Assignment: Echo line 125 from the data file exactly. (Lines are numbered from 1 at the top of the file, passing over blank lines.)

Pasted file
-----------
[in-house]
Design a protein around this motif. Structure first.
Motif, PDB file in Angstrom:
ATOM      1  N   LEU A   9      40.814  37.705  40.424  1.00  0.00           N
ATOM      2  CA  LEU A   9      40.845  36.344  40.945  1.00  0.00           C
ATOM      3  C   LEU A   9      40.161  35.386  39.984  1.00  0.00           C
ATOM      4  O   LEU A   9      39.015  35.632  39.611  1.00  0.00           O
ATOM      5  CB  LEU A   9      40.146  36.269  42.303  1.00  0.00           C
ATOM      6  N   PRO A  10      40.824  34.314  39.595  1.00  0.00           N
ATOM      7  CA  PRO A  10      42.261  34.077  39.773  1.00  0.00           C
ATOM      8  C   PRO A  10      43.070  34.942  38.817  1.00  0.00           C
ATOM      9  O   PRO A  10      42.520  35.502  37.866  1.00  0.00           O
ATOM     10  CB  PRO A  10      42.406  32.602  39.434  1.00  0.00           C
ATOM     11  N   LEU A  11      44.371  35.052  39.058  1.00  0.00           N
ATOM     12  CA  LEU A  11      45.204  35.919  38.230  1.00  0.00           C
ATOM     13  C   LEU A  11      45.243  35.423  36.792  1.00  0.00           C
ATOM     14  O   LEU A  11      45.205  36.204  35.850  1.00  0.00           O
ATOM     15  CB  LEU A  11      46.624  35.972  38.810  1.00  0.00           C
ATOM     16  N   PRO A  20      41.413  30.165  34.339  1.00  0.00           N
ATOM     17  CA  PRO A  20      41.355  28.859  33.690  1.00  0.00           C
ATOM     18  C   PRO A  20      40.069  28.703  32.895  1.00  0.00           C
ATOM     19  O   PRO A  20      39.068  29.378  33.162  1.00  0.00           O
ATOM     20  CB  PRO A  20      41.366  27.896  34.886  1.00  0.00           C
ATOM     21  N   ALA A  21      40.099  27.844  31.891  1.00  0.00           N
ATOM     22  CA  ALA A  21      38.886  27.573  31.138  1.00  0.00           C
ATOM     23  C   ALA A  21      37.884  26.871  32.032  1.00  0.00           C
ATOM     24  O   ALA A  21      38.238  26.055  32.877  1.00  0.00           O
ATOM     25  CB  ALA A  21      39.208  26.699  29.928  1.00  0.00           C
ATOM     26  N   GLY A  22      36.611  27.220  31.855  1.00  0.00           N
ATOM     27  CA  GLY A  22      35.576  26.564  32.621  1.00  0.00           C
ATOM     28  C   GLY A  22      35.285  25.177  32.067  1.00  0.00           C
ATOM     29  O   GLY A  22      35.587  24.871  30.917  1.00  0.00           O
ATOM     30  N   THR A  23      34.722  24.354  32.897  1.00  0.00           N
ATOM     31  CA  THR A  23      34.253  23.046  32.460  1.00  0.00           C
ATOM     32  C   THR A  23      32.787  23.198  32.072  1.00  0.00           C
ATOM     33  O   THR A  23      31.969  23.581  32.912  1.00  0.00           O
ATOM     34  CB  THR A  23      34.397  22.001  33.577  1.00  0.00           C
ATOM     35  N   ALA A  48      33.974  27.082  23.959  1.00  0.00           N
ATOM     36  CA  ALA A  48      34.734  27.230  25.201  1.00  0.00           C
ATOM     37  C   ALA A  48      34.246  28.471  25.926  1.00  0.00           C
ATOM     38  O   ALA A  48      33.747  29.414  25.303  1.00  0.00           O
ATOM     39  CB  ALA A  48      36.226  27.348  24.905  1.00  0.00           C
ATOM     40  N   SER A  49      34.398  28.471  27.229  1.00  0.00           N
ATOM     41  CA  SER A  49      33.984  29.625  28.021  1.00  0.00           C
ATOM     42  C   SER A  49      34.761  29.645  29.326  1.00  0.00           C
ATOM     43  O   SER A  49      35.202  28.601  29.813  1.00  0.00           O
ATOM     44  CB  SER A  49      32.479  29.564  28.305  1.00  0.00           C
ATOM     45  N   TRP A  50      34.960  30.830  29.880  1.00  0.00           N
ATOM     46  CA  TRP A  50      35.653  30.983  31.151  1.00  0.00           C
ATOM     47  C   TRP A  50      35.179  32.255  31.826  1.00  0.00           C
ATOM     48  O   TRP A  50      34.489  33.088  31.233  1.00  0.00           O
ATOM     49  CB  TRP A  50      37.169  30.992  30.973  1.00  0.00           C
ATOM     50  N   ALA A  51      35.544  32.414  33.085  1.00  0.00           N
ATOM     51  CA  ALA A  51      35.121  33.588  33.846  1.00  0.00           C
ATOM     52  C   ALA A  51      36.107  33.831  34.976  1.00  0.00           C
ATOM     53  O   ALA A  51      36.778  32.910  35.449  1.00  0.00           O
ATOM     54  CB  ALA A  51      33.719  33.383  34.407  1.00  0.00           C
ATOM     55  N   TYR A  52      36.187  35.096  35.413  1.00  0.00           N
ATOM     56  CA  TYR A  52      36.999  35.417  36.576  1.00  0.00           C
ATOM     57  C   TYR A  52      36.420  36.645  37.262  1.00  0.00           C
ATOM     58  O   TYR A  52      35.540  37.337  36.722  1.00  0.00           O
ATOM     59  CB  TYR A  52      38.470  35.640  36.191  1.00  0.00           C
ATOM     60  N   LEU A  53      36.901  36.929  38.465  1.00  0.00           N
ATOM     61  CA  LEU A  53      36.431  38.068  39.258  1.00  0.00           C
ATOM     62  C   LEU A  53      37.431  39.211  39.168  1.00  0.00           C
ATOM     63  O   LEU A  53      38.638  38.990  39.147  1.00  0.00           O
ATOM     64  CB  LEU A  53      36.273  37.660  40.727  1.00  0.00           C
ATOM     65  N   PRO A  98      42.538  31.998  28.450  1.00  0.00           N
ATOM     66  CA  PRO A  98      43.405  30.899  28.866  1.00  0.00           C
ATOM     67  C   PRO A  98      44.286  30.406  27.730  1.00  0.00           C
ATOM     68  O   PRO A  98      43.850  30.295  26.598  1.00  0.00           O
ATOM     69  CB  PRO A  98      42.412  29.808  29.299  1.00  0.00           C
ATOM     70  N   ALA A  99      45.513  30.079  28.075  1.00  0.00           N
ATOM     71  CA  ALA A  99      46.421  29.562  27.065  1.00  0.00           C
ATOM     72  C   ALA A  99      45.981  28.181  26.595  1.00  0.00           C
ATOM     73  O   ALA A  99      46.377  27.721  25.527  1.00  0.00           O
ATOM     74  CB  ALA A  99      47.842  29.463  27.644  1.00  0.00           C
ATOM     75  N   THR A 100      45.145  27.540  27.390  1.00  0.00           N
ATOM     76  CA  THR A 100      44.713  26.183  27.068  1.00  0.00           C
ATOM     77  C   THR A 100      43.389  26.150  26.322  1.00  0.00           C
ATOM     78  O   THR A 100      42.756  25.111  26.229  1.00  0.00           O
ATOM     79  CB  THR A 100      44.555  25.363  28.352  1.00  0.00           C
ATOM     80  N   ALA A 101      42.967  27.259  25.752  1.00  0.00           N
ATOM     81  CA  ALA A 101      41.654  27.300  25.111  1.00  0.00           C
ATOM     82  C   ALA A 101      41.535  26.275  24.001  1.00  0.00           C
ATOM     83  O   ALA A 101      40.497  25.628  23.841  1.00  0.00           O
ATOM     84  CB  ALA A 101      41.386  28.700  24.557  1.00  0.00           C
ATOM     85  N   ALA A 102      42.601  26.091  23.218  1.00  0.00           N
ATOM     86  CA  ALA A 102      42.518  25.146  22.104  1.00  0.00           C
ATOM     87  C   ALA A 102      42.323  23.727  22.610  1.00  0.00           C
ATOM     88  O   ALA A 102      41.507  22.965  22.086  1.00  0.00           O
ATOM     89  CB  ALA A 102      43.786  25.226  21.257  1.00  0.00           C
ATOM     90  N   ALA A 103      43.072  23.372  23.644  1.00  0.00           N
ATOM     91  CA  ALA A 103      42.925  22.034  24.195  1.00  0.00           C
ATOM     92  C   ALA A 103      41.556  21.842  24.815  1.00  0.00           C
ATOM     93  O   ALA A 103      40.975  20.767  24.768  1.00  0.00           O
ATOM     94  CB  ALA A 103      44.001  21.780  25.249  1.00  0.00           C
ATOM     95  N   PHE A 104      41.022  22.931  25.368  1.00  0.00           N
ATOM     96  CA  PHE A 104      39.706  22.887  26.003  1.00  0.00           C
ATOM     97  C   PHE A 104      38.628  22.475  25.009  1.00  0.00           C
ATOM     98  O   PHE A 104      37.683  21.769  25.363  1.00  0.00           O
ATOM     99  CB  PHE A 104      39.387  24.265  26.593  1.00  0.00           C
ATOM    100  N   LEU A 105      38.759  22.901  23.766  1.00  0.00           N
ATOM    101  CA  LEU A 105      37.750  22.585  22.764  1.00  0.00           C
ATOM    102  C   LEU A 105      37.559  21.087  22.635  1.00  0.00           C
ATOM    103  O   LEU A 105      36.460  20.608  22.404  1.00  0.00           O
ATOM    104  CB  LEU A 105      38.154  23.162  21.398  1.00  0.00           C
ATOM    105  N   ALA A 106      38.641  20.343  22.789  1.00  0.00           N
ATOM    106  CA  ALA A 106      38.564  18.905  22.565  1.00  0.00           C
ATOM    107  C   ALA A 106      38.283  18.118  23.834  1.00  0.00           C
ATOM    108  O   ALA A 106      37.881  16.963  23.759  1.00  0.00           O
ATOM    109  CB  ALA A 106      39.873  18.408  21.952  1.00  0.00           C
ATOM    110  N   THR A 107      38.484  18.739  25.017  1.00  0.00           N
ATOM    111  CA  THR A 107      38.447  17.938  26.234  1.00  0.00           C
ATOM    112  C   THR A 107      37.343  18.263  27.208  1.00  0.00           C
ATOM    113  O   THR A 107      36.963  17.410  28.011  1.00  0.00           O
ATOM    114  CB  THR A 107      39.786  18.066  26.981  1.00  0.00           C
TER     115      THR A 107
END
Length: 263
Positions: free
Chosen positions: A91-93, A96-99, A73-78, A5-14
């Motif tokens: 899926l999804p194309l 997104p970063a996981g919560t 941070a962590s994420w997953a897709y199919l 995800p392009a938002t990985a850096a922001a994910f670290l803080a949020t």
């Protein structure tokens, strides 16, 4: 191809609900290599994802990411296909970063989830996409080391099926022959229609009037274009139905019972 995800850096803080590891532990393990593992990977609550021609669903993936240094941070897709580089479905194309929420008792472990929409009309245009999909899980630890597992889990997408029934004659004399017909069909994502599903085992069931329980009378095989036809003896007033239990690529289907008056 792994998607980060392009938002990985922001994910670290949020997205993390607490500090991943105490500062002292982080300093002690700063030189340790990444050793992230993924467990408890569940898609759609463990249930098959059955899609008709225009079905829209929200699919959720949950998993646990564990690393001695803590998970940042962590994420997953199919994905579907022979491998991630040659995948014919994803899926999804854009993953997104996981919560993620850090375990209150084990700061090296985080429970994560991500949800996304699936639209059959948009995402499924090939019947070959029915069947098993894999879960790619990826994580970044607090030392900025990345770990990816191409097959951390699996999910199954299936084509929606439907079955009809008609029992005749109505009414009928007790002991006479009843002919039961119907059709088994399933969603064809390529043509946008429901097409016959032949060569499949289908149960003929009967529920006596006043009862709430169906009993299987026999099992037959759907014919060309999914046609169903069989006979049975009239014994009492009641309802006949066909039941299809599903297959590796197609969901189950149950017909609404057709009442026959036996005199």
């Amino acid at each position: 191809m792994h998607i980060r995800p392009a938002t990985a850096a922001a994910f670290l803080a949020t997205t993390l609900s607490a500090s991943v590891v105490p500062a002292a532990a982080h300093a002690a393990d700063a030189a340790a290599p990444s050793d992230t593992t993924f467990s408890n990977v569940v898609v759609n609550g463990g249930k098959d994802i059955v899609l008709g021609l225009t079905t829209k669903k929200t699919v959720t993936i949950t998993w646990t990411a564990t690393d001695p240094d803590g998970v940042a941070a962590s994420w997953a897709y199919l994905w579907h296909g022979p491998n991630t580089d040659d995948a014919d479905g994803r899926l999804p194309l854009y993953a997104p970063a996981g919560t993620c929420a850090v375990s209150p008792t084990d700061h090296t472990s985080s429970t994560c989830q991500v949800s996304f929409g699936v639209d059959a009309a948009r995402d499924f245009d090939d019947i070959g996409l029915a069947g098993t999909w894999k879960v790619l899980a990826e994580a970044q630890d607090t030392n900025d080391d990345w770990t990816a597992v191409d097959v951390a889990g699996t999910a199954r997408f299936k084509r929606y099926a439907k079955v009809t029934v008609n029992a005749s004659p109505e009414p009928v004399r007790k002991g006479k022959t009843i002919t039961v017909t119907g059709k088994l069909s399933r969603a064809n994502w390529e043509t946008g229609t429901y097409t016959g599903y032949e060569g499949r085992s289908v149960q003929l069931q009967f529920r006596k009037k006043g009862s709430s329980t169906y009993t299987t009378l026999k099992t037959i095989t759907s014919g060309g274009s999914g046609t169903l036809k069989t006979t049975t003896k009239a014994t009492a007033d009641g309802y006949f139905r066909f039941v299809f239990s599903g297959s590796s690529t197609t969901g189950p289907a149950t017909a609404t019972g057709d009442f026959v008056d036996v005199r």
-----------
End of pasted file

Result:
């Amino acid at each position: 191809m792994h998607i980060r995800p392009a938002t990985a850096a922001a994910f670290l803080a949020t997205t993390l609900s607490a500090s991943v590891v105490p500062a002292a532990a982080h300093a002690a393990d700063a030189a340790a290599p990444s050793d992230t593992t993924f467990s408890n990977v569940v898609v759609n609550g463990g249930k098959d994802i059955v899609l008709g021609l225009t079905t829209k669903k929200t699919v959720t993936i949950t998993w646990t990411a564990t690393d001695p240094d803590g998970v940042a941070a962590s994420w997953a897709y199919l994905w579907h296909g022979p491998n991630t580089d040659d995948a014919d479905g994803r899926l999804p194309l854009y993953a997104p970063a996981g919560t993620c929420a850090v375990s209150p008792t084990d700061h090296t472990s985080s429970t994560c989830q991500v949800s996304f929409g699936v639209d059959a009309a948009r995402d499924f245009d090939d019947i070959g996409l029915a069947g098993t999909w894999k879960v790619l899980a990826e994580a970044q630890d607090t030392n900025d080391d990345w770990t990816a597992v191409d097959v951390a889990g699996t999910a199954r997408f299936k084509r929606y099926a439907k079955v009809t029934v008609n029992a005749s004659p109505e009414p009928v004399r007790k002991g006479k022959t009843i002919t039961v017909t119907g059709k088994l069909s399933r969603a064809n994502w390529e043509t946008g229609t429901y097409t016959g599903y032949e060569g499949r085992s289908v149960q003929l069931q009967f529920r006596k009037k006043g009862s709430s329980t169906y009993t299987t009378l026999k099992t037959i095989t759907s014919g060309g274009s999914g046609t169903l036809k069989t006979t049975t003896k009239a014994t009492a007033d009641g309802y006949f139905r066909f039941v299809f239990s599903g297959s590796s690529t197609t969901g189950p289907a149950t017909a609404t019972g057709d009442f026959v008056d036996v005199r």